Before the Coffee

October 13, 2008

The Circular Polarizer and HDR – don’t retire that polarizer yet

Filed under: have the book? Read more, HDR — Tags: , , — beforethecoffee @ 7:46 pm

We are all aware of the benefits of the circular polarizer in single image photography. It has the ability to darken the sky and remove reflections from shiny surfaces. I started wondering, could there be a benefit in using the circular polarizer when shooting HDR image sets or does the merging and tonemapping process nullify or eliminate the polarizing effect? I decided to create two HDR images of a scene, one taken with a polarizer and the other taken without the polarizer, then compare the results.

Some salient points about the polarizer.
1. Darkens the sky greatest at 90 degress to direction of light.
2. Removes reflections or glare (darkens water).
3. Degree of polarization varies with direction of light.
4. Images taken with wide angle lenses can have uneven blue skies (note: 24mm used below).

Single 0EV Images – Polarizer Left Image    No Polarizer Right Image

Compare these single images and you’ll notice the polarizer (left) has darkened the sky and has dramatically reduced the glare on the red chairs. Notice the Polarizer has also created a triangular shaped blue region in the top right. This is due to the 24mm focal length capturing a large region of sky and in this case the direction of light approaches 90 degress toward the top right.

HDR Images Polarizer Left Image    No Polarizer Right Image
(both tonemapped with default settings in Photomatix)

HDR processing of the polarized image set (left) and the unpolarized image set (right) has created similar tones in the blue sky. Using a polarizer doesn’t help the saturation of the blue sky when creating HDR images. The HDR merging process simply uses a less exposed image in the set to achieve saturation.

When it comes to glare reduction it’s a different story. The polarizer offers a noticeable benefit in the reduction of glare and more saturated colors when creating HDR images. Notice the red chairs and compare points 1, 2, and 3. I would still keep your polarizer in your camera bag and use it for glare reduction on those shiny surfaces.

May 4, 2008

Digging a little deeper into HDR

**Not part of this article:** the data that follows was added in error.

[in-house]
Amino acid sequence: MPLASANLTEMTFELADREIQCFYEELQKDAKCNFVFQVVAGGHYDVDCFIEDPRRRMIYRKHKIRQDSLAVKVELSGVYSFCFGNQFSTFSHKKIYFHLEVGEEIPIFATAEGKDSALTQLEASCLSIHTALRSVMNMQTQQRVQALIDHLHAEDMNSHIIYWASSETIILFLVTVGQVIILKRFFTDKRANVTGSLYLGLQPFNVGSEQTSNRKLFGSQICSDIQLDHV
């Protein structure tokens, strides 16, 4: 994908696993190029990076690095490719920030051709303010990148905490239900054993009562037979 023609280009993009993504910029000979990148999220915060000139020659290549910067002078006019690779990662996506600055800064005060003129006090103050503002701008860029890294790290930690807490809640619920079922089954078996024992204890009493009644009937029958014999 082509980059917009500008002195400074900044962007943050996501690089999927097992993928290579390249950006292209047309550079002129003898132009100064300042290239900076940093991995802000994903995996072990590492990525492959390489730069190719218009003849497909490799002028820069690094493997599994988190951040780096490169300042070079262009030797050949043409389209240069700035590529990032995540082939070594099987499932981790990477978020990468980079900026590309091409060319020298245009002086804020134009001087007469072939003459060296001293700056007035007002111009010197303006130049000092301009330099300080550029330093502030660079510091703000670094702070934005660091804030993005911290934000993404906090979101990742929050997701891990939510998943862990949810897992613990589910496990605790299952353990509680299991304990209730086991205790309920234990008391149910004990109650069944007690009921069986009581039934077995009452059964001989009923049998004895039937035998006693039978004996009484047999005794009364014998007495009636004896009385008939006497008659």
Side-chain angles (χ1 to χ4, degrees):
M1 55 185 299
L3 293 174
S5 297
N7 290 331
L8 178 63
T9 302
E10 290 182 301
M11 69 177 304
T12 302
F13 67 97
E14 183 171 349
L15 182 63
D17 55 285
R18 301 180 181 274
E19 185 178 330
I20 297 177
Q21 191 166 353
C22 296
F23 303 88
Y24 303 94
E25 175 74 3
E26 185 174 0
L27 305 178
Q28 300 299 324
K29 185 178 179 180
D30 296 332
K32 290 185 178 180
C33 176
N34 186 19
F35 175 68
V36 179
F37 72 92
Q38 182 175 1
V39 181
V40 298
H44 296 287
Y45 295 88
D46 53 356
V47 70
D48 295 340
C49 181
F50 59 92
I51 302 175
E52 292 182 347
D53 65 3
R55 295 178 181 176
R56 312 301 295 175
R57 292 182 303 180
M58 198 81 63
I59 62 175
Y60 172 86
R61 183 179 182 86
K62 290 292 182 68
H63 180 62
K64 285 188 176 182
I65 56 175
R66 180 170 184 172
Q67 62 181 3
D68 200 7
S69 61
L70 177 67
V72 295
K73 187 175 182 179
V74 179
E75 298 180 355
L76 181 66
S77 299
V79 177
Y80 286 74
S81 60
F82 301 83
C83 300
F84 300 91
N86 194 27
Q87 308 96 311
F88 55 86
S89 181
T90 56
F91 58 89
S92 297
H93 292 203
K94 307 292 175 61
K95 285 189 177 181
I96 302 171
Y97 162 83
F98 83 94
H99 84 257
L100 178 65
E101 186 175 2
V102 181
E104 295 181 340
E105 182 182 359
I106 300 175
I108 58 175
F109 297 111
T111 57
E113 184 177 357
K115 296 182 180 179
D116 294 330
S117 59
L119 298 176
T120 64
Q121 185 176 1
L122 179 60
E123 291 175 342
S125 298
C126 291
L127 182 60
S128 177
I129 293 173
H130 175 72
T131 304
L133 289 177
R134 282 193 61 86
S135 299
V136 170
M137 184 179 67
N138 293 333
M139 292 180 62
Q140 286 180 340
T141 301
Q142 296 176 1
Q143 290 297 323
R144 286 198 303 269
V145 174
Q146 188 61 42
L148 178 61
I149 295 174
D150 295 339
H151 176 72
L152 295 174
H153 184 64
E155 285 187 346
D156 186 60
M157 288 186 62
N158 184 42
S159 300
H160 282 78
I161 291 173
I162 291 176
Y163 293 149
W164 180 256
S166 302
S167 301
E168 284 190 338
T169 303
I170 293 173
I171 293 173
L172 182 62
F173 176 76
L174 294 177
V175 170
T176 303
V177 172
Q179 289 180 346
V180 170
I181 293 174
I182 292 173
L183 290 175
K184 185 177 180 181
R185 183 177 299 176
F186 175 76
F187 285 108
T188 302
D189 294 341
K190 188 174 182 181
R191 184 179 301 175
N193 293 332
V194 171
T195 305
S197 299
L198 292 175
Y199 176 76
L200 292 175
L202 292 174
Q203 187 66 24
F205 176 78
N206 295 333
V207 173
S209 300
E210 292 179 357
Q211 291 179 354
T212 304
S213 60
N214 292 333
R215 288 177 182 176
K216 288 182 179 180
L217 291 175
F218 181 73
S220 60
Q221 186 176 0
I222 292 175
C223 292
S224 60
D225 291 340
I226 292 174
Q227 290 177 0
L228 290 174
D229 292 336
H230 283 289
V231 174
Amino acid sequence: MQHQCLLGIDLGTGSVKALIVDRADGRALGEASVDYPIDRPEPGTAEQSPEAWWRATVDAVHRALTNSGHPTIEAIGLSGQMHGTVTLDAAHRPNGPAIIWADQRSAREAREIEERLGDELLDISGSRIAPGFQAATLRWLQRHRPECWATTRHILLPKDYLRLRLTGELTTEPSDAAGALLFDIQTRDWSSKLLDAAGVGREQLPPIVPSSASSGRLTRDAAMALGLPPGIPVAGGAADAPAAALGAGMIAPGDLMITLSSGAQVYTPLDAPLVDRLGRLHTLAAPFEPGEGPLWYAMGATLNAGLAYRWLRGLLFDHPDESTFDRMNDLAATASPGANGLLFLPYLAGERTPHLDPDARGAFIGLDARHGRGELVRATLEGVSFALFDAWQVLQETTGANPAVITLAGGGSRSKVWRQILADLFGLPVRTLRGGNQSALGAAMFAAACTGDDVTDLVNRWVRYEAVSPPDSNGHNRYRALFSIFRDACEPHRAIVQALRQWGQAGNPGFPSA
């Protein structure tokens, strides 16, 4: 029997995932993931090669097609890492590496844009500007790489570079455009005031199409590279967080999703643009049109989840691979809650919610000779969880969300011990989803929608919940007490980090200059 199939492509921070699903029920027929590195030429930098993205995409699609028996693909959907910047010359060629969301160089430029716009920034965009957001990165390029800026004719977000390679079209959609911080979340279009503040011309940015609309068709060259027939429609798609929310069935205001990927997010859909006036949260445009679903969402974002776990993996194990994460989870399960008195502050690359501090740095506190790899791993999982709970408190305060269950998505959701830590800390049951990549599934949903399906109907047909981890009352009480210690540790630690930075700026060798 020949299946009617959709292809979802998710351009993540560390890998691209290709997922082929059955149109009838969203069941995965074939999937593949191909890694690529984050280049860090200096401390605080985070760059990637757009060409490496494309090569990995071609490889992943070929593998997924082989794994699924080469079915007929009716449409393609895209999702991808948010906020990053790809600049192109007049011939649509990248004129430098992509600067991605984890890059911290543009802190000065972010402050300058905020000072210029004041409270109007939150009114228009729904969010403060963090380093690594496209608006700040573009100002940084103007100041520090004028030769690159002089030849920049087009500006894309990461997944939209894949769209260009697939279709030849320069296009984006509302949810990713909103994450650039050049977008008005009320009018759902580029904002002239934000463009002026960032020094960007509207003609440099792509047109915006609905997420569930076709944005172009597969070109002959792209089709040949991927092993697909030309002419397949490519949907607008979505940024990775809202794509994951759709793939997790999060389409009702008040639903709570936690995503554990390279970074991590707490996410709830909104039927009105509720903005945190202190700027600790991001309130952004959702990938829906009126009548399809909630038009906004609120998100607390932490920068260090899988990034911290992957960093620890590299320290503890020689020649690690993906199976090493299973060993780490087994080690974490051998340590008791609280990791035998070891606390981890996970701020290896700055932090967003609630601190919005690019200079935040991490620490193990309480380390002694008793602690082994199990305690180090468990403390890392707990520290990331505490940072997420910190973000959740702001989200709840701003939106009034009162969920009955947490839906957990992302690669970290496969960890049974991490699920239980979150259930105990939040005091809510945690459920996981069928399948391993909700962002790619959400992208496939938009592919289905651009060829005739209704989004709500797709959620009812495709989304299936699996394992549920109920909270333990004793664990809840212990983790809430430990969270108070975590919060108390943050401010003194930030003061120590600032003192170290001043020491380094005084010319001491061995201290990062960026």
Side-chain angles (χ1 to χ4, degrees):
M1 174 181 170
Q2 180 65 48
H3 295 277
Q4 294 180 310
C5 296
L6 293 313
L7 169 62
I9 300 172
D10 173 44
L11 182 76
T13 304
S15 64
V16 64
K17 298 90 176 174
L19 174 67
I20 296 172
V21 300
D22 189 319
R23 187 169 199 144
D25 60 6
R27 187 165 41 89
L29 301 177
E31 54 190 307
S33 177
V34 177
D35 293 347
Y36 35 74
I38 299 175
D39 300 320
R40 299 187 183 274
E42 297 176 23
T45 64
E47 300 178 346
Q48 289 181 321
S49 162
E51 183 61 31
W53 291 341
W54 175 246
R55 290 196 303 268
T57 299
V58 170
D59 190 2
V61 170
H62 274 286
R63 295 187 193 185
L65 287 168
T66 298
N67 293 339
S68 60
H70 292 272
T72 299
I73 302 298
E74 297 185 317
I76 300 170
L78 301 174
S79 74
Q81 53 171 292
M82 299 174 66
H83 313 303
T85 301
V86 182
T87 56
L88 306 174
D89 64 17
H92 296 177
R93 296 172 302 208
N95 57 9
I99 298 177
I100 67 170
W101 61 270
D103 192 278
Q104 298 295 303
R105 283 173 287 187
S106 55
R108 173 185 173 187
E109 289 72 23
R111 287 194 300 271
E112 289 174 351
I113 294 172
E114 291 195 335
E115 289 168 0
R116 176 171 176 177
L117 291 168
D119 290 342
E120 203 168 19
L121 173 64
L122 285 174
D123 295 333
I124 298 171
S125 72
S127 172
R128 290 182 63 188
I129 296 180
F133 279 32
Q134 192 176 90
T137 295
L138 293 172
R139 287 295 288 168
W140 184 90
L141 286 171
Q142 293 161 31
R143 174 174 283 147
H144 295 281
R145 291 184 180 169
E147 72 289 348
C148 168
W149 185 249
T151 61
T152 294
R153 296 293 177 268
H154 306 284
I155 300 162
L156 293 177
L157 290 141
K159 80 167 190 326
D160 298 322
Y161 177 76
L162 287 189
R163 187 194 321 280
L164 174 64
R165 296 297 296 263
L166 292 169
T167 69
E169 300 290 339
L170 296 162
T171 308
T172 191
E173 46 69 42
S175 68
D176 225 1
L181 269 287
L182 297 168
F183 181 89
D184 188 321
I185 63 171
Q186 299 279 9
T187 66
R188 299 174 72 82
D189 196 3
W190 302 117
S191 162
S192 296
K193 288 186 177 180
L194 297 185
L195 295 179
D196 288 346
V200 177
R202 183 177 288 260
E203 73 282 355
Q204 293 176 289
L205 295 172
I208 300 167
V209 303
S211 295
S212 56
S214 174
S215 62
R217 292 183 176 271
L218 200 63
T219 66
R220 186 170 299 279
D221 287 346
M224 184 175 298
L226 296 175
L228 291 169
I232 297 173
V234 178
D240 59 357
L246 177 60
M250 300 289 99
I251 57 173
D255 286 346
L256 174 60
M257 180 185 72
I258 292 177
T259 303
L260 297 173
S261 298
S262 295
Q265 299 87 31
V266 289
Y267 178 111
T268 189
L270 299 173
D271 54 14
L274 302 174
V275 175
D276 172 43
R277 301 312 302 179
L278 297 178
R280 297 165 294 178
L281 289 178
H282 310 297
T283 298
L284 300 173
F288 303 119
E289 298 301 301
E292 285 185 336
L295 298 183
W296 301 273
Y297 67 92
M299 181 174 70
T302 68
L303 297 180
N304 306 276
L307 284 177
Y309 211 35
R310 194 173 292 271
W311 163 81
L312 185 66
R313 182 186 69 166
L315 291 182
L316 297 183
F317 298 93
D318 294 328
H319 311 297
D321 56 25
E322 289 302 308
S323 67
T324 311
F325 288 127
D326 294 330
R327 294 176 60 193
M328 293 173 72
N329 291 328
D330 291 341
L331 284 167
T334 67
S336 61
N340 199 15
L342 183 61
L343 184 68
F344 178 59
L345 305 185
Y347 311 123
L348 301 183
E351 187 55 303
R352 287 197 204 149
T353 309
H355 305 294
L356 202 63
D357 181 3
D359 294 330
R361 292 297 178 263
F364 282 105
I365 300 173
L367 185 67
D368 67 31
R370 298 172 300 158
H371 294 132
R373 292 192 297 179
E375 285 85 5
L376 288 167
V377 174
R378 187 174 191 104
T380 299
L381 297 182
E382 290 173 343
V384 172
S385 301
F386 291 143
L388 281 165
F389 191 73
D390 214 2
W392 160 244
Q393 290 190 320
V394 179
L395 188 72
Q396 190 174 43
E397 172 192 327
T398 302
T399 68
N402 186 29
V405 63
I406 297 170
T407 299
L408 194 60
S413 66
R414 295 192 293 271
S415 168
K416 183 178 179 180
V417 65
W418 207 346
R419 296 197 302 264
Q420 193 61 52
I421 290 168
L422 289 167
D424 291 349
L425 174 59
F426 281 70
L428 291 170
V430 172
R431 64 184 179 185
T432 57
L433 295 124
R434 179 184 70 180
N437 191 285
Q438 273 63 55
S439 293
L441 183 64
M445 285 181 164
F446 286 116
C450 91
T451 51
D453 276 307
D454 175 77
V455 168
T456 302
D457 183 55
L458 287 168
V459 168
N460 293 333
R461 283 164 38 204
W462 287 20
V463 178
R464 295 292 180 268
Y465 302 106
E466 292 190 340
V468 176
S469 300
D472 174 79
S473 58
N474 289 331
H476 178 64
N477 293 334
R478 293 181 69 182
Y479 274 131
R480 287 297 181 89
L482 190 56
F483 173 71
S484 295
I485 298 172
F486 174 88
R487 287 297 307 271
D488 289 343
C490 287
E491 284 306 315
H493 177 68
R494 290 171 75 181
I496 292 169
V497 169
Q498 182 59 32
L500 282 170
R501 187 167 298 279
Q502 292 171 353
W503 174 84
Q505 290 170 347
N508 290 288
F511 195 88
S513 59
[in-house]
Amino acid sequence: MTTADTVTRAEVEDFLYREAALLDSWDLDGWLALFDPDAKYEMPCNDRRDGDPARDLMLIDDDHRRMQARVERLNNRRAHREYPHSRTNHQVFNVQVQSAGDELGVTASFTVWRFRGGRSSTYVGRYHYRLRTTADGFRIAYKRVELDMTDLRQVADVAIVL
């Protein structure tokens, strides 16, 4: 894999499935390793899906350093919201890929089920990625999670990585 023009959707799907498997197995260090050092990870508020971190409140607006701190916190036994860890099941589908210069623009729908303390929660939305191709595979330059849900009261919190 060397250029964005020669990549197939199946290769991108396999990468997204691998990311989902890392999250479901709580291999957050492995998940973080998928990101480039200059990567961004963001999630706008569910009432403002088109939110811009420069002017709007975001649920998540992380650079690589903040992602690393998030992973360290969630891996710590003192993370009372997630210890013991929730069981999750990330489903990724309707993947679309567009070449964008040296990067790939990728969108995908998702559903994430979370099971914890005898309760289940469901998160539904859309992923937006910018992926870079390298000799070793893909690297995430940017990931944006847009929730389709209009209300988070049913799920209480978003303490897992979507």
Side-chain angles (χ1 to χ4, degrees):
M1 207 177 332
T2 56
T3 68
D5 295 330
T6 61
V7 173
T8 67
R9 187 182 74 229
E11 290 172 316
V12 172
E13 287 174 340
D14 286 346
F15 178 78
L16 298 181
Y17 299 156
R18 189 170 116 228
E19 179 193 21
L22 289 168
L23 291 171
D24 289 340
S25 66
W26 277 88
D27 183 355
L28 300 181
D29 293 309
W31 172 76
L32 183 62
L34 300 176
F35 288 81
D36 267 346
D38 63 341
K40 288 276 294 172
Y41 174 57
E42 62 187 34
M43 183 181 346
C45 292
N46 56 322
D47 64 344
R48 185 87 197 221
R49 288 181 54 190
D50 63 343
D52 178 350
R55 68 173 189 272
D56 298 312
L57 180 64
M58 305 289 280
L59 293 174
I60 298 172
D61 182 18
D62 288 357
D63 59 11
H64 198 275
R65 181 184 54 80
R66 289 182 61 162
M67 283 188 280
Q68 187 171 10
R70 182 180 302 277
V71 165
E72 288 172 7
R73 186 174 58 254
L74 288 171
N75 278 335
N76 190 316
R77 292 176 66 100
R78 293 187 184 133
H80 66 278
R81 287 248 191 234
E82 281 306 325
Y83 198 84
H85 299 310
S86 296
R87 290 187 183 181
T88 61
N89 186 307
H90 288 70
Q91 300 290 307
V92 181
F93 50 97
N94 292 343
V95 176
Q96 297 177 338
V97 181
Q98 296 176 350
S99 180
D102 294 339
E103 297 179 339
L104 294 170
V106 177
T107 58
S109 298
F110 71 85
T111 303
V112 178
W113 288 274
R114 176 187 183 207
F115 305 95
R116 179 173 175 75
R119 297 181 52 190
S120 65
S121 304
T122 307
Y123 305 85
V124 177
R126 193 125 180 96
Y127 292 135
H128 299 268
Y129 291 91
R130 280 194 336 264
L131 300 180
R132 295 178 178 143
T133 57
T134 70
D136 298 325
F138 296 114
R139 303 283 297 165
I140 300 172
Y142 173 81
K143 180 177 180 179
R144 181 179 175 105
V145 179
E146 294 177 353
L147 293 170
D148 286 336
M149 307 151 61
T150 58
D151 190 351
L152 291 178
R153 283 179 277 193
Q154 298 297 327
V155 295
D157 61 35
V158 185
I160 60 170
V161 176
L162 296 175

Books are constraining by nature, they go through a stage called editing and editors do what they love – “Edit.” It’s vitally important that a “How to” book not be too long and drawn out that the reader can’t get through it. As a new addition to my blog, I’ll put additional information on topics that were cut. If you have the book this will be an opportunity to learn more and if you don’t have the book it’s a taste of what the book is about.

The chapter on Software Comparison Page 74, shows the 0EV image and 5 images processed by the various programs: Photomatix Pro, FDRTools, Adobe Photoshop CS3, Dynamic PhotoHDR, Artizen HDR. Here is the 100% crop of each image and a short comment that didn’t make it to print.

Single 0EV Image – When comparing the single shot 0EV image with the HDR images as a whole, there are two salient points. First, the single 0EV image has greater global contrast and second, it has greater noise. Having greater global contrast is not a bad feature but the noise is bad as it destroys the finer details of the image. Those details are never recoverable. Notice the noise in the darker areas of the image.

EASY HDR the “Mask” Operator (default) has done a good job of rendering the scene and it’s hard to find any area to criticize. The wood design and dove on the flag are well rendered with low noise and good details. With the default settings, the image appears slightly flat but this is only a matter of fine tuning the black and white points in Levels.


Artizen – Lock06 (default) suffers from a loss of detail due to noise, most likely being taken from the –2EV exposure. The flag is not well reproduced; the white dove has a loss of detail and is near over saturation ie. blown pixels. Additionally, it appears the 0EV image has more details and less noise.

FDRTools Compressor (default) has done an exceptional job rendering the details of the scene. The image has low noise with excellent local detail enhancements. Local tonal variations (contrast) bring out the texture and 3-D feel of the wood. The white dove is accurately rendered with good detail in the wings. The FDRTools image is better than the single 0EV image in color, noise-free detail and dynamic range.


Photomatix – the 100% crop shows that Photomatix handles noise well with no apparent increase over FDRtools or PS. The dove is well rendered with details inside although it has a slight magenta/red cast. The Photomatix image is slightly softer than the 0EV image but it has noise-free detail and displays a higher dynamic range.


Photoshop CS3 – Local Adaptation has also done an excellent job capturing the detail in the wood in CS3. Take a moment and examine the wood figures – notice the waistline, arms etc. in each image. In my opinion, Photoshop CS3 is the best. The overall color is accurately captured giving the image a realistic look. [The book goes into more detail on the weaknesses of CS3 when the dynamic range of the scene is high. This example is a medium contrast scene and is not a problem for CS3.]

Dynamic Photo HDR – I used the “Eye Catching” tone mapping operator and as you can see the 100% crop shows good detail and local contrast. There is color shift similar to Photomatix.



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